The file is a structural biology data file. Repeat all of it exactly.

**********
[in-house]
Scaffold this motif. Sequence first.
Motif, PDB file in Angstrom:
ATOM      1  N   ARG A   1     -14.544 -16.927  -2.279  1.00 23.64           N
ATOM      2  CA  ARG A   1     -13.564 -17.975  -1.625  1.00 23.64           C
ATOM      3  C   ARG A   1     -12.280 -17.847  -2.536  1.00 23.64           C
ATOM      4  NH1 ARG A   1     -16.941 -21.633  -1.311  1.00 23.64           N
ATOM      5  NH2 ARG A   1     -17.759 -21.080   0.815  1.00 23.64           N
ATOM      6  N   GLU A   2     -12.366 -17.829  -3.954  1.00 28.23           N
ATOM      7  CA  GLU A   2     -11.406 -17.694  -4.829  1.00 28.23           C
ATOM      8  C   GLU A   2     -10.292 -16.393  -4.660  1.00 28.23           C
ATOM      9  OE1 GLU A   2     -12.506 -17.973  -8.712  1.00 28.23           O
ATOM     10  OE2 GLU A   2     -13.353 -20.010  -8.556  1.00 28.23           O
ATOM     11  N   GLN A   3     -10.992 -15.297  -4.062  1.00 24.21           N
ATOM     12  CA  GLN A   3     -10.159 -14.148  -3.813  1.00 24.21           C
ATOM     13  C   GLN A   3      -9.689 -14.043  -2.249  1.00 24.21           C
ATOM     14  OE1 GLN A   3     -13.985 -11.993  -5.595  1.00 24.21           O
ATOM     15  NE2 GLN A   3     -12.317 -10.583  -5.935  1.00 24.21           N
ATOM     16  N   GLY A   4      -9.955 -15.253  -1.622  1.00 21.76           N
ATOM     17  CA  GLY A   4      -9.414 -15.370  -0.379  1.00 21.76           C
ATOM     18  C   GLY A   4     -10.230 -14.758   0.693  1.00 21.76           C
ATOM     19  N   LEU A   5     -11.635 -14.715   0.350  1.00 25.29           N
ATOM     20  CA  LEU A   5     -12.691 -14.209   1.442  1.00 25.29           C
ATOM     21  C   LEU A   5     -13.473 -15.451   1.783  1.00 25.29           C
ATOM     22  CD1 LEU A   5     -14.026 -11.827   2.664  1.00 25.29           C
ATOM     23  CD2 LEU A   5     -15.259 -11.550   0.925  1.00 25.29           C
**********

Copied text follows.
[in-house]
Scaffold this motif. Sequence first.
Motif, PDB file in Angstrom:
ATOM      1  N   ARG A   1     -14.544 -16.927  -2.279  1.00 23.64           N
ATOM      2  CA  ARG A   1     -13.564 -17.975  -1.625  1.00 23.64           C
ATOM      3  C   ARG A   1     -12.280 -17.847  -2.536  1.00 23.64           C
ATOM      4  NH1 ARG A   1     -16.941 -21.633  -1.311  1.00 23.64           N
ATOM      5  NH2 ARG A   1     -17.759 -21.080   0.815  1.00 23.64           N
ATOM      6  N   GLU A   2     -12.366 -17.829  -3.954  1.00 28.23           N
ATOM      7  CA  GLU A   2     -11.406 -17.694  -4.829  1.00 28.23           C
ATOM      8  C   GLU A   2     -10.292 -16.393  -4.660  1.00 28.23           C
ATOM      9  OE1 GLU A   2     -12.506 -17.973  -8.712  1.00 28.23           O
ATOM     10  OE2 GLU A   2     -13.353 -20.010  -8.556  1.00 28.23           O
ATOM     11  N   GLN A   3     -10.992 -15.297  -4.062  1.00 24.21           N
ATOM     12  CA  GLN A   3     -10.159 -14.148  -3.813  1.00 24.21           C
ATOM     13  C   GLN A   3      -9.689 -14.043  -2.249  1.00 24.21           C
ATOM     14  OE1 GLN A   3     -13.985 -11.993  -5.595  1.00 24.21           O
ATOM     15  NE2 GLN A   3     -12.317 -10.583  -5.935  1.00 24.21           N
ATOM     16  N   GLY A   4      -9.955 -15.253  -1.622  1.00 21.76           N
ATOM     17  CA  GLY A   4      -9.414 -15.370  -0.379  1.00 21.76           C
ATOM     18  C   GLY A   4     -10.230 -14.758   0.693  1.00 21.76           C
ATOM     19  N   LEU A   5     -11.635 -14.715   0.350  1.00 25.29           N
ATOM     20  CA  LEU A   5     -12.691 -14.209   1.442  1.00 25.29           C
ATOM     21  C   LEU A   5     -13.473 -15.451   1.783  1.00 25.29           C
ATOM     22  CD1 LEU A   5     -14.026 -11.827   2.664  1.00 25.29           C
ATOM     23  CD2 LEU A   5     -15.259 -11.550   0.925  1.00 25.29           C